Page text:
Enraged by the sight of the people extorted by corrupt government officials, the poet pungently lambasts these “foxes and mice” mooching off the powerful authority and wringing money out of the people and rants at “tigers and venomous snakes” wielding mighty power and swagging the road. Both low-ranking and high-ranking officials act arrogantly as though nothing in the world would stop them. The people are on the verge of getting crushed like fish rice porridge, yet they do not dare to resist. While admitting that it is a useless thought, the poet recites the ancient Cheongbaekri anthem with the expectation of reappearance of a hero.
Instead of a roundabout style, the most defining feature of the old Chinese literati poem, this poem persistently holds on to bluntly sarcastic attitude to the point of radicalism. The poet was a high government official, but he sharply denounced corrupt regime of the Song dynasty, as a result of which he was demoted from the country’s grand chancellor to a low-ranking petty official. Despite hardships and humiliation, the poet’s righteousness was not bent.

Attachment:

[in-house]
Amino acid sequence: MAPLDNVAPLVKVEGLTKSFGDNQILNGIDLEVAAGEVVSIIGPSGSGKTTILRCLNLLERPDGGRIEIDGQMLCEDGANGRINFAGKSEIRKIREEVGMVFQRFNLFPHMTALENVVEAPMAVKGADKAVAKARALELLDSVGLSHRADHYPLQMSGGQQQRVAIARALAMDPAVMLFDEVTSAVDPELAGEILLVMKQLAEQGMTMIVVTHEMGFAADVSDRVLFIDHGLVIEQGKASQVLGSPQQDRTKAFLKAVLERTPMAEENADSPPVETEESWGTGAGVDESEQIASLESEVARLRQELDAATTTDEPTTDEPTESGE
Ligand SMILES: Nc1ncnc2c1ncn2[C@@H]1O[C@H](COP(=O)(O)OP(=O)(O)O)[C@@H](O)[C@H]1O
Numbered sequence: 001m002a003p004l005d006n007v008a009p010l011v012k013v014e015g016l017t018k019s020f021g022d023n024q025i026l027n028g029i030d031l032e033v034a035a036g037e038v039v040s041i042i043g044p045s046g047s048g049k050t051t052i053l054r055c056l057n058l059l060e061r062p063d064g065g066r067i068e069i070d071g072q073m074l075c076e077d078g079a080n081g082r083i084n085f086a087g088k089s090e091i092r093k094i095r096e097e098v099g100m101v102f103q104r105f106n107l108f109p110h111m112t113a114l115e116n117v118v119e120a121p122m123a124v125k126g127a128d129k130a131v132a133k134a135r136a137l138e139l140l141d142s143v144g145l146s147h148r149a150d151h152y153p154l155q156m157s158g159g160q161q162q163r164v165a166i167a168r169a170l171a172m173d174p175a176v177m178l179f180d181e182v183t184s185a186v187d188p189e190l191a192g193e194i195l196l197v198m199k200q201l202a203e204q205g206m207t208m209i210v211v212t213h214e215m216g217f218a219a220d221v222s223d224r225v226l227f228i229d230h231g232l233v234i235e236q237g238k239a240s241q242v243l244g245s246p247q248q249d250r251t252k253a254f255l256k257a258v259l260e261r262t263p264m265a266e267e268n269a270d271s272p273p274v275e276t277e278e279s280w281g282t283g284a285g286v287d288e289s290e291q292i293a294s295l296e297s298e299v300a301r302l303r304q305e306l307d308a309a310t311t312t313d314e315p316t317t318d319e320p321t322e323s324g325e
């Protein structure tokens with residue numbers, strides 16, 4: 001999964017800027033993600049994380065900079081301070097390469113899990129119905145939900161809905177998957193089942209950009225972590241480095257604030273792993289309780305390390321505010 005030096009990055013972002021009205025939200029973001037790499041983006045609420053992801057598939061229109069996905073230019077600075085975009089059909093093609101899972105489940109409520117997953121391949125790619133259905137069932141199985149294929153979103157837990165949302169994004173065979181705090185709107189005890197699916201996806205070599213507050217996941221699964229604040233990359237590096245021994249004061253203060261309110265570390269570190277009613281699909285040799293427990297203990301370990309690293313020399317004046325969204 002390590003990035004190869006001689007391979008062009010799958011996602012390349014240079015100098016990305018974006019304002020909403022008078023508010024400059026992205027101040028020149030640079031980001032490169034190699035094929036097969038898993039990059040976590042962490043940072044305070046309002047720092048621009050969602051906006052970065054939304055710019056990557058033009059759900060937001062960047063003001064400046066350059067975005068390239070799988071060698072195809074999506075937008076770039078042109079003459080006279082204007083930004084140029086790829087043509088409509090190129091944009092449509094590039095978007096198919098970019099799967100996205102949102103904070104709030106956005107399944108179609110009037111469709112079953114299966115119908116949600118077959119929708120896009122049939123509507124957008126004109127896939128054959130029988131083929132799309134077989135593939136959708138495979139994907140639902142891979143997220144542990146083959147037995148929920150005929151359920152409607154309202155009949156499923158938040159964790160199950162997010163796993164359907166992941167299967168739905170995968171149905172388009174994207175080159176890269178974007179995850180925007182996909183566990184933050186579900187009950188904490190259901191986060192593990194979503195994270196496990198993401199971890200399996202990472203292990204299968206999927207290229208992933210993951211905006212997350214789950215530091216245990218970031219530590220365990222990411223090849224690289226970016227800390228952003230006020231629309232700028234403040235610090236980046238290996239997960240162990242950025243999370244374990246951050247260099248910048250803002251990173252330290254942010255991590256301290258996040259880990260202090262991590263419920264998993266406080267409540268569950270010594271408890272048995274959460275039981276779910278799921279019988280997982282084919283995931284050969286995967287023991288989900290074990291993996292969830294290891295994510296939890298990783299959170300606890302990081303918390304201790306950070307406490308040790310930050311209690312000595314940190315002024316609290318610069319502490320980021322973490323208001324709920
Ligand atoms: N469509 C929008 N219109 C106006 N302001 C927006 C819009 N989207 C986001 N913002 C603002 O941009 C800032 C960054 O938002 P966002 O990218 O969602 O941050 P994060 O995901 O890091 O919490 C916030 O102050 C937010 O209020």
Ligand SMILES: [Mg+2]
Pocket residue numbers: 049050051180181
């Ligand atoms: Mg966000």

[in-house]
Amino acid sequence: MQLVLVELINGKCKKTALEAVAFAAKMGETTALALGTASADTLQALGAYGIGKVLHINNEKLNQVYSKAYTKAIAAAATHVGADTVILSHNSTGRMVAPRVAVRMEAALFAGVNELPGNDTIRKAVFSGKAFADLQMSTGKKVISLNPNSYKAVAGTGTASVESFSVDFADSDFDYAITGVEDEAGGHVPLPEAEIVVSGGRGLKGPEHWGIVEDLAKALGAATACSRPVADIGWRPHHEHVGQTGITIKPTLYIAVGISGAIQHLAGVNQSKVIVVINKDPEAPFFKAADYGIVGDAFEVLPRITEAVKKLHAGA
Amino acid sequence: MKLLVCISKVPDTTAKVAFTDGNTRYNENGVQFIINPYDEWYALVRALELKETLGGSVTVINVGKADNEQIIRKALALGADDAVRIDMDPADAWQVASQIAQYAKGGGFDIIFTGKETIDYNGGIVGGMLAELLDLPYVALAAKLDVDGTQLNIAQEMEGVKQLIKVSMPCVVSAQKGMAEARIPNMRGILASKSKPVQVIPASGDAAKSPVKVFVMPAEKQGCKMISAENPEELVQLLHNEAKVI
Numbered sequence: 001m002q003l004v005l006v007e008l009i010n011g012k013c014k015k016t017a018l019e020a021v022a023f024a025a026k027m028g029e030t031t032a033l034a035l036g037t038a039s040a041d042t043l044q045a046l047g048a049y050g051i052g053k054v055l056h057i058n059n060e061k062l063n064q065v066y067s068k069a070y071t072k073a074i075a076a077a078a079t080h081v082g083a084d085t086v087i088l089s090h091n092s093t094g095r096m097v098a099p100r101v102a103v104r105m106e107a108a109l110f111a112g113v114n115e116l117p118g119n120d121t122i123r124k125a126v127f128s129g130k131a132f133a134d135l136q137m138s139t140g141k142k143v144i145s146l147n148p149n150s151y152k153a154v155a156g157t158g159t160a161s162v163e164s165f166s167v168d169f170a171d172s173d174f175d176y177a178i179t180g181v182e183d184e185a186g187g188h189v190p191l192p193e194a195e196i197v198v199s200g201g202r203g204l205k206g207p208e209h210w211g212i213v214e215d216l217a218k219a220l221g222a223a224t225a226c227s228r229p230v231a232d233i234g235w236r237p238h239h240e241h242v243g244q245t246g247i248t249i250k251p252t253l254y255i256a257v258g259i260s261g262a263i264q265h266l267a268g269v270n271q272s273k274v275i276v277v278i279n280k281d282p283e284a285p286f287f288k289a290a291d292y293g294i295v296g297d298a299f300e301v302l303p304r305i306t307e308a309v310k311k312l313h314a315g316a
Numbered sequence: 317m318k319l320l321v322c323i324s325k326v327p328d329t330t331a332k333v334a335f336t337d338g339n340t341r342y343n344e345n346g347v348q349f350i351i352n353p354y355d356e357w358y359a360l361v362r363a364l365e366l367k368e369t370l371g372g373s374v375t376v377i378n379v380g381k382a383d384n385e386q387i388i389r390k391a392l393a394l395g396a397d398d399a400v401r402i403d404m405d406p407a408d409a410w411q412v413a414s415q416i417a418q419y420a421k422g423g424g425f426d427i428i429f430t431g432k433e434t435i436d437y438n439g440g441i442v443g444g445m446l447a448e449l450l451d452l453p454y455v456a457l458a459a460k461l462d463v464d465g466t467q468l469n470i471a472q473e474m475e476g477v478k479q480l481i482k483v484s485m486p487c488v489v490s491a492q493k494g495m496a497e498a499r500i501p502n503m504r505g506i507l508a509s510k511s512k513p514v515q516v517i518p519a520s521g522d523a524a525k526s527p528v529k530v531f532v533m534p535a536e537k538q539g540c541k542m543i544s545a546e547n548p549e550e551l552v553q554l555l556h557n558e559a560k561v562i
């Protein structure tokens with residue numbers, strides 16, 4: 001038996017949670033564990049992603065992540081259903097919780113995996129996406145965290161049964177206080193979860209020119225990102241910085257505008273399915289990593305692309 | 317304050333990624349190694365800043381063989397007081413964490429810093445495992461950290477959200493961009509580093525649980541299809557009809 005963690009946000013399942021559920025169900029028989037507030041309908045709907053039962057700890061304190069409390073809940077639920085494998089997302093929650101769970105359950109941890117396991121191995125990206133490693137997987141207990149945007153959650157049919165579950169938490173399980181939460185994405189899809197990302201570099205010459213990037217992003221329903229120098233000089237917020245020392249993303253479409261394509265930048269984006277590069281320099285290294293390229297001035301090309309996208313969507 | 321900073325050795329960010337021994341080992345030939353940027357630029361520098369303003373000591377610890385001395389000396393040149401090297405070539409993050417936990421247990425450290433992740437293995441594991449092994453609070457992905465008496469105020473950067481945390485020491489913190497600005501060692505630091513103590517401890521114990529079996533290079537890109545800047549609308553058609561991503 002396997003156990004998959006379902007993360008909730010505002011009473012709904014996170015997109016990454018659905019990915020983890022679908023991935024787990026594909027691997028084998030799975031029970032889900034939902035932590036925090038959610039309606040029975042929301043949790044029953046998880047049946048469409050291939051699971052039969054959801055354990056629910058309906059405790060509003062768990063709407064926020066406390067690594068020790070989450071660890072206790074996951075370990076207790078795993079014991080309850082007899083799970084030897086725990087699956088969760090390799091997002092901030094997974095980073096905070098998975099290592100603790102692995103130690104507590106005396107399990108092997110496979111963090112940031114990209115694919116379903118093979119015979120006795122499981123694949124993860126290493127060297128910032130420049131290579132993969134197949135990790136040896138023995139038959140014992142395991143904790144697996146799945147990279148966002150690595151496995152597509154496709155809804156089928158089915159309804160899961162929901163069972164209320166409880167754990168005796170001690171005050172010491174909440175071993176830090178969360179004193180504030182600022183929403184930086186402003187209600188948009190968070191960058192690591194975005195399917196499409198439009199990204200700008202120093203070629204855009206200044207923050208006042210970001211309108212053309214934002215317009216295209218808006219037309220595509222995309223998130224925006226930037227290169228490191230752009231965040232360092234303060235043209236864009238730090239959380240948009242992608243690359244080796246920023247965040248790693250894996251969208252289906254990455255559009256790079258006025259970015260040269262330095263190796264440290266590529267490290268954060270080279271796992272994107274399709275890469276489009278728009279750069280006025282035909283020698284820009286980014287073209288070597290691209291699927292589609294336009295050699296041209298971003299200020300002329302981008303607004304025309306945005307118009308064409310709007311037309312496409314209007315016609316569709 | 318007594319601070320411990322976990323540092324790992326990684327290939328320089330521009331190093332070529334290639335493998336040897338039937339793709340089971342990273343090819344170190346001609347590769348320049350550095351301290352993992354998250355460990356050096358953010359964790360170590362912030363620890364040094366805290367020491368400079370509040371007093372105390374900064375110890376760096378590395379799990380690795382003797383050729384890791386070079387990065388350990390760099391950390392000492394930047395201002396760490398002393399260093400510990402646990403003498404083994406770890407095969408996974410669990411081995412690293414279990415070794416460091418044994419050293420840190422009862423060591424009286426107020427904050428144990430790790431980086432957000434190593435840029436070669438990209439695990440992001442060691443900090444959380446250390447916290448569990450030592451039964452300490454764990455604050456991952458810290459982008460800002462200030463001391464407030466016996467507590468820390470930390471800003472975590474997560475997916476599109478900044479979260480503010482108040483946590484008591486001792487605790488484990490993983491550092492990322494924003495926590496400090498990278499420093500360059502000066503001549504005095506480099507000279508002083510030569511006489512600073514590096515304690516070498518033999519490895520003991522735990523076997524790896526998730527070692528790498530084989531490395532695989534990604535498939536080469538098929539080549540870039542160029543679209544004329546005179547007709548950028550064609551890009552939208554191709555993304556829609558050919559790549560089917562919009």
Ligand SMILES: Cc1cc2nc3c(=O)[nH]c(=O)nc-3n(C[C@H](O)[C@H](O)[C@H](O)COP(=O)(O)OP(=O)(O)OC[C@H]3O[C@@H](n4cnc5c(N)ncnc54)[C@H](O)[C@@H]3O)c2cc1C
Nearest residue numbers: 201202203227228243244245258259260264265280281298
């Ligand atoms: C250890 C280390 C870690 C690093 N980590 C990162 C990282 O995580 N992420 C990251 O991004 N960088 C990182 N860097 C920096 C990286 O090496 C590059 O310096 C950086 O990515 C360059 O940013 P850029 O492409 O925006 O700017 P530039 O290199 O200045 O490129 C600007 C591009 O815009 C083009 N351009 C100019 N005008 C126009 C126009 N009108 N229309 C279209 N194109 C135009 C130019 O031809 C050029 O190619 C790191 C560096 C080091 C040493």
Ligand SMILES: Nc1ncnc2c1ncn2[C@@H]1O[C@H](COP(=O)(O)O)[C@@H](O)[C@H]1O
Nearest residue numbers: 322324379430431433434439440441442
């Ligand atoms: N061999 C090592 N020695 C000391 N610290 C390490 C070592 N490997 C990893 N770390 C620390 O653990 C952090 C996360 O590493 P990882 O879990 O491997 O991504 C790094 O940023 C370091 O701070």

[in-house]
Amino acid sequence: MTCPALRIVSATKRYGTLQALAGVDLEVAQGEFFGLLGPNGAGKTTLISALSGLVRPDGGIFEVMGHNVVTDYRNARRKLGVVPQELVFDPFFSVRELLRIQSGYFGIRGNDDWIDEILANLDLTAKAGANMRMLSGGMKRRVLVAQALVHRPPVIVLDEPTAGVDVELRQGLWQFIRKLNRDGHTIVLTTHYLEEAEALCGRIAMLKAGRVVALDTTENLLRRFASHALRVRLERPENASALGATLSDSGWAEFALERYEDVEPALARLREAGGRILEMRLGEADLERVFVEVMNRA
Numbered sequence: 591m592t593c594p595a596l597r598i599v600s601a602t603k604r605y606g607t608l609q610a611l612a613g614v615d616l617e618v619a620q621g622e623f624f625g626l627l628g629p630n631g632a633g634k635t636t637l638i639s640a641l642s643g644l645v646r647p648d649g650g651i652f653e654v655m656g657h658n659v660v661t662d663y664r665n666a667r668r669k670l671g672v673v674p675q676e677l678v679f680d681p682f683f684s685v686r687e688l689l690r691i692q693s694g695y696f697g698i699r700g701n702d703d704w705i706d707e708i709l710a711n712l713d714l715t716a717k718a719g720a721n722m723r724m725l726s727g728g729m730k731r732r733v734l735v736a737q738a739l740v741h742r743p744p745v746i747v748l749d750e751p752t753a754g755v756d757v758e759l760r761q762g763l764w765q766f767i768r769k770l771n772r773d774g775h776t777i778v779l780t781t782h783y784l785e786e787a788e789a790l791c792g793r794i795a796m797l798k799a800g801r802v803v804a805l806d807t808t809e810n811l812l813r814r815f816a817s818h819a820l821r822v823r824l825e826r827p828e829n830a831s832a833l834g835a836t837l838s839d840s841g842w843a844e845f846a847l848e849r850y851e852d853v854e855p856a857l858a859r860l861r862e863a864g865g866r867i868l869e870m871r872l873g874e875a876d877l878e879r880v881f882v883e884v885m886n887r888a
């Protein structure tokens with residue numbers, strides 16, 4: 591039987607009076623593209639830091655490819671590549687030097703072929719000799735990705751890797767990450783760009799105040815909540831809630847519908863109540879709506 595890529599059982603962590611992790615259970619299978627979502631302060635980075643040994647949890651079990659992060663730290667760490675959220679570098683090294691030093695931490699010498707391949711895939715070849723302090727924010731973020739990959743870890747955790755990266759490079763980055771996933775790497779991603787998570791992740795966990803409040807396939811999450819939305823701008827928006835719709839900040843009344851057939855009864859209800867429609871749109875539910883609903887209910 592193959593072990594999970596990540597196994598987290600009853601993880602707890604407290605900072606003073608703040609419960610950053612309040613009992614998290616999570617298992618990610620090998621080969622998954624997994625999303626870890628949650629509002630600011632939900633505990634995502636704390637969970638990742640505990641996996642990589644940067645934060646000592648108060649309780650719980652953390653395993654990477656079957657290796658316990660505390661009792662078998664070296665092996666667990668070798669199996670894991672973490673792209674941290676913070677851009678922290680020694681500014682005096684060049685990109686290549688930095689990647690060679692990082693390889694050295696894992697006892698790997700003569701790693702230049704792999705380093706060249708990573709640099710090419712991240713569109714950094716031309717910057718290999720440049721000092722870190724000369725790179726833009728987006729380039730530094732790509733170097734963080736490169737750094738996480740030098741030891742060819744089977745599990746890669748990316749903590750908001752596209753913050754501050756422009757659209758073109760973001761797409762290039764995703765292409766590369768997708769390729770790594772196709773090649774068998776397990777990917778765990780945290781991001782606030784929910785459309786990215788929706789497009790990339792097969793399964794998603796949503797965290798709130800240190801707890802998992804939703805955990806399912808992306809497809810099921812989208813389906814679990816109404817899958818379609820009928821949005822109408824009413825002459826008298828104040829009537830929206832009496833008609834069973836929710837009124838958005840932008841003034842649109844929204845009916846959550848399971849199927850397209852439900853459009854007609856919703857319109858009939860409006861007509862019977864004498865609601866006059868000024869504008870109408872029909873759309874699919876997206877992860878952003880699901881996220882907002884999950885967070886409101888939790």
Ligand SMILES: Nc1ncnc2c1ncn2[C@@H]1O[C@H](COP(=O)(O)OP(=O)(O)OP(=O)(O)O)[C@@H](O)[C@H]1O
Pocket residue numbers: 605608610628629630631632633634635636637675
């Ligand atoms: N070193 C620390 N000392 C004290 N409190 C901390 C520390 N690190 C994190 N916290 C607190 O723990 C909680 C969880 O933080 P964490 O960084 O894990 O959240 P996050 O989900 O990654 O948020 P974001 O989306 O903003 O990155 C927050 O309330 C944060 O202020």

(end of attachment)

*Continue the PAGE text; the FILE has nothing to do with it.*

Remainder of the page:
“Hoseo (城狐, foxes and mice)” is an abbreviation for “Seonghosaseo (城狐社鼠),” which means foxes living in castles and mice living in shrines. Based in the castles and shrines, removing them is extremely difficult, as irritating such important and sacred place would backfire and instead hurt the accuser. It is as if burning one’s house to get rid of the bedbugs. Truly a bittersweet irony in history.